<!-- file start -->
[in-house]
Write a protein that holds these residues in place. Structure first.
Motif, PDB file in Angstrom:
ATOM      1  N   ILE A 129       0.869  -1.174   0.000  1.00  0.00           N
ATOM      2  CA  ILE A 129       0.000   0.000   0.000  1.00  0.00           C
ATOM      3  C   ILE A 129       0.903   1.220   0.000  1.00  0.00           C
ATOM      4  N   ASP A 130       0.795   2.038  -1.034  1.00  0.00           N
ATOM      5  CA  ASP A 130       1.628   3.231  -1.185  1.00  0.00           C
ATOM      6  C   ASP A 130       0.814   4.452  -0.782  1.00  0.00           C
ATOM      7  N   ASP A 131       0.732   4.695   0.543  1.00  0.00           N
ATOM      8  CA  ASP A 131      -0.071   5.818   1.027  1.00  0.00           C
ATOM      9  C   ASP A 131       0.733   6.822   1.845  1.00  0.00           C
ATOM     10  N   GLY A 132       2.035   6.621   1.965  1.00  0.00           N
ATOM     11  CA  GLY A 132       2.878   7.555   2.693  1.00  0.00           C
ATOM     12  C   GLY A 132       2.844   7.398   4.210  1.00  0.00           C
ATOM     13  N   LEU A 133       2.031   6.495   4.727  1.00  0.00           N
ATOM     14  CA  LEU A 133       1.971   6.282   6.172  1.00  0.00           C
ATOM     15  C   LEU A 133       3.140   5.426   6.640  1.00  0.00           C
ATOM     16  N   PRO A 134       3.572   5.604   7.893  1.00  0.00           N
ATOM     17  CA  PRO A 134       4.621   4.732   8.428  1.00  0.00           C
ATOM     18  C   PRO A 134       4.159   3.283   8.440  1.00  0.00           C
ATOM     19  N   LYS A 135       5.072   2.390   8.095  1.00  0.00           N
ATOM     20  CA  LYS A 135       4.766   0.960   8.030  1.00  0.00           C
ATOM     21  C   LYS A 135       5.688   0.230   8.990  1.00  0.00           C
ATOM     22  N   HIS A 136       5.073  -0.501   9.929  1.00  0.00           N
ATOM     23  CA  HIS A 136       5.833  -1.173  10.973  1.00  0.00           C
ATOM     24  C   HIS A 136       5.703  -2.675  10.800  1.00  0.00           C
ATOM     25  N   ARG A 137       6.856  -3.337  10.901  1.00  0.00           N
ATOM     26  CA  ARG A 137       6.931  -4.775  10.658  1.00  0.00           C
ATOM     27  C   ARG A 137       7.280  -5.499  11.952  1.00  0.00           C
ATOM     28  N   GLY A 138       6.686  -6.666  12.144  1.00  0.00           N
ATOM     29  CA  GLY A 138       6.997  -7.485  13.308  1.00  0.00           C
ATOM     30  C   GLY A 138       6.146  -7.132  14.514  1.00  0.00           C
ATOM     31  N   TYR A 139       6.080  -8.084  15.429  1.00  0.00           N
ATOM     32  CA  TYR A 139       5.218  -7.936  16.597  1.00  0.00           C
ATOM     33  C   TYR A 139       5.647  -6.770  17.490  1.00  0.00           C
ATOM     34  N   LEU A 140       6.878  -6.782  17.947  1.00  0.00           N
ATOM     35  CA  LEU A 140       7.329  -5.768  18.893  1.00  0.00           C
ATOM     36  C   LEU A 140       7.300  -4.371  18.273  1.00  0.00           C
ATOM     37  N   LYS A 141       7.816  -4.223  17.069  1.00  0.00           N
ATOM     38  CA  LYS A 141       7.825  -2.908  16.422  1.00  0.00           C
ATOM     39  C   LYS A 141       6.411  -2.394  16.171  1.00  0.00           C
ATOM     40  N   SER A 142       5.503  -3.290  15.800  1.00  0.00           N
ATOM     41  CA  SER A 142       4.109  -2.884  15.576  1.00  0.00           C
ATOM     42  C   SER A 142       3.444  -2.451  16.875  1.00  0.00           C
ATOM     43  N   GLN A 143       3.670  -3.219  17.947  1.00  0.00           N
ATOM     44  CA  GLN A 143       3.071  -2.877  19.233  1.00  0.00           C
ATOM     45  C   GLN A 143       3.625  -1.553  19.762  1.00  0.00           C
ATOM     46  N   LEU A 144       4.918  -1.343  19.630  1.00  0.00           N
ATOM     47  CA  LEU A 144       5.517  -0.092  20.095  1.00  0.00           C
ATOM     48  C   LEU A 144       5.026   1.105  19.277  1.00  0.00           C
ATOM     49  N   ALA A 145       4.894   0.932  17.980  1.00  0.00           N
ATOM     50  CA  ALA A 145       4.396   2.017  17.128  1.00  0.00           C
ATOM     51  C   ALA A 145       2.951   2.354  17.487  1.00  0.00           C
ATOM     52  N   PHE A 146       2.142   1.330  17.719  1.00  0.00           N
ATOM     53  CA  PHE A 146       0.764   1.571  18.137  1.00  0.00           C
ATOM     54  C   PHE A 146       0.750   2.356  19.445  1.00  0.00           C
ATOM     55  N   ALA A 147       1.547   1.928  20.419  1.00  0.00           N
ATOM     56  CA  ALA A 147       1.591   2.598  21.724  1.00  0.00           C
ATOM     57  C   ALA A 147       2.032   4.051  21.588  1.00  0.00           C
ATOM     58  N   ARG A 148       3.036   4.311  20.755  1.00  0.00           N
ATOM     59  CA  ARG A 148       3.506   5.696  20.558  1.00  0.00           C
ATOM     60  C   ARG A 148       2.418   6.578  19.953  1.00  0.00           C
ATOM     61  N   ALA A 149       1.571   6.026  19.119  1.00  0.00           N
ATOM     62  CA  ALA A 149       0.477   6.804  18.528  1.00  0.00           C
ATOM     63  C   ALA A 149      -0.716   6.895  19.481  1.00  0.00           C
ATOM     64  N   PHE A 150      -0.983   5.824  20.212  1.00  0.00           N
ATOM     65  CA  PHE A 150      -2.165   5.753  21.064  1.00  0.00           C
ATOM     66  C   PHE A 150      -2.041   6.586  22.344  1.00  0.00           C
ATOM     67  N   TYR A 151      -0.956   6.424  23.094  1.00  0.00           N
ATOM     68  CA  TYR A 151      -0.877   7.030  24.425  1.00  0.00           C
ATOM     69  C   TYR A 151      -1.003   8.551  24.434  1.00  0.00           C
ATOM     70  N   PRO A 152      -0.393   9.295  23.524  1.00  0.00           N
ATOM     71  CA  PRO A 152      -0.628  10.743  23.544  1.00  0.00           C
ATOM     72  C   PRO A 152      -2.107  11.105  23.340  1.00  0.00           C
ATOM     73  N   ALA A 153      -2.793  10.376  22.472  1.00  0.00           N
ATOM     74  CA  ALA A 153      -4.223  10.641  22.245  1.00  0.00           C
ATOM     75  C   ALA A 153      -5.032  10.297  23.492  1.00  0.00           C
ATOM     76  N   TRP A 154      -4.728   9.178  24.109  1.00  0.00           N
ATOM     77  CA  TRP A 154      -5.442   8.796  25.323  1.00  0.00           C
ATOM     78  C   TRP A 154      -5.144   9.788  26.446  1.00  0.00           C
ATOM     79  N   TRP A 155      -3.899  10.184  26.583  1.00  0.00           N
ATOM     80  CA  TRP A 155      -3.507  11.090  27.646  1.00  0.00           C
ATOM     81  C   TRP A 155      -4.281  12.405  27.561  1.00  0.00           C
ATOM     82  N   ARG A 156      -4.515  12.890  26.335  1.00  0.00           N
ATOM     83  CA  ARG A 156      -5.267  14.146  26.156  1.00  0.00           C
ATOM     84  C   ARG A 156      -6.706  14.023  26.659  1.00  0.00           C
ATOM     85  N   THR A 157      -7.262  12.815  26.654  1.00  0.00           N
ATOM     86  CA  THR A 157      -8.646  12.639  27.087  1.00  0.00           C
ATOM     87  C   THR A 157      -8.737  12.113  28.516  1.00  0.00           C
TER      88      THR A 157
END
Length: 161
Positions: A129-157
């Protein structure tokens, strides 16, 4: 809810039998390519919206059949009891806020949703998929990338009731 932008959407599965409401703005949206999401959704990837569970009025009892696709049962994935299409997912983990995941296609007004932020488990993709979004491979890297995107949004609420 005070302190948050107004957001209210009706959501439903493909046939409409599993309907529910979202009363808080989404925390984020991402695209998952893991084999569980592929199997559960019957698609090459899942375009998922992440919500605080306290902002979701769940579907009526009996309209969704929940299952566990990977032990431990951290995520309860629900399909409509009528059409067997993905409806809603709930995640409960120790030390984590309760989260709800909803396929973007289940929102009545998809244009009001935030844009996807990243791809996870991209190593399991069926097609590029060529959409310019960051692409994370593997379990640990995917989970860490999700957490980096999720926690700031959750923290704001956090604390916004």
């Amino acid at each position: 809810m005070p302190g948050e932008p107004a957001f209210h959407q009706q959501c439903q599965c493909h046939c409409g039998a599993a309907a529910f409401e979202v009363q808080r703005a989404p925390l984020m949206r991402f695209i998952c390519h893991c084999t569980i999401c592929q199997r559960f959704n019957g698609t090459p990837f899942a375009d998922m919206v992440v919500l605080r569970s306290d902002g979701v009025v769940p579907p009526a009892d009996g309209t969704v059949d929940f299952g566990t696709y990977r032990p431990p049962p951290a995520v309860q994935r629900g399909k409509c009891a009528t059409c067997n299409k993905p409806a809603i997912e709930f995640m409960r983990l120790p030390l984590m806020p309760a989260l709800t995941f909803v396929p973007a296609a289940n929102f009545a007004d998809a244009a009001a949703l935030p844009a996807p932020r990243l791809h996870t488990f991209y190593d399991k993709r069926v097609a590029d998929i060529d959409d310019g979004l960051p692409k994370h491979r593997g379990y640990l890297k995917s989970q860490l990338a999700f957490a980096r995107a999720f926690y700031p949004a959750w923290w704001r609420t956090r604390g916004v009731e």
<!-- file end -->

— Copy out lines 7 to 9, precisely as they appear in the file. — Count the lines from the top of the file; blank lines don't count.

ATOM      4  N   ASP A 130       0.795   2.038  -1.034  1.00  0.00           N
ATOM      5  CA  ASP A 130       1.628   3.231  -1.185  1.00  0.00           C
ATOM      6  C   ASP A 130       0.814   4.452  -0.782  1.00  0.00           C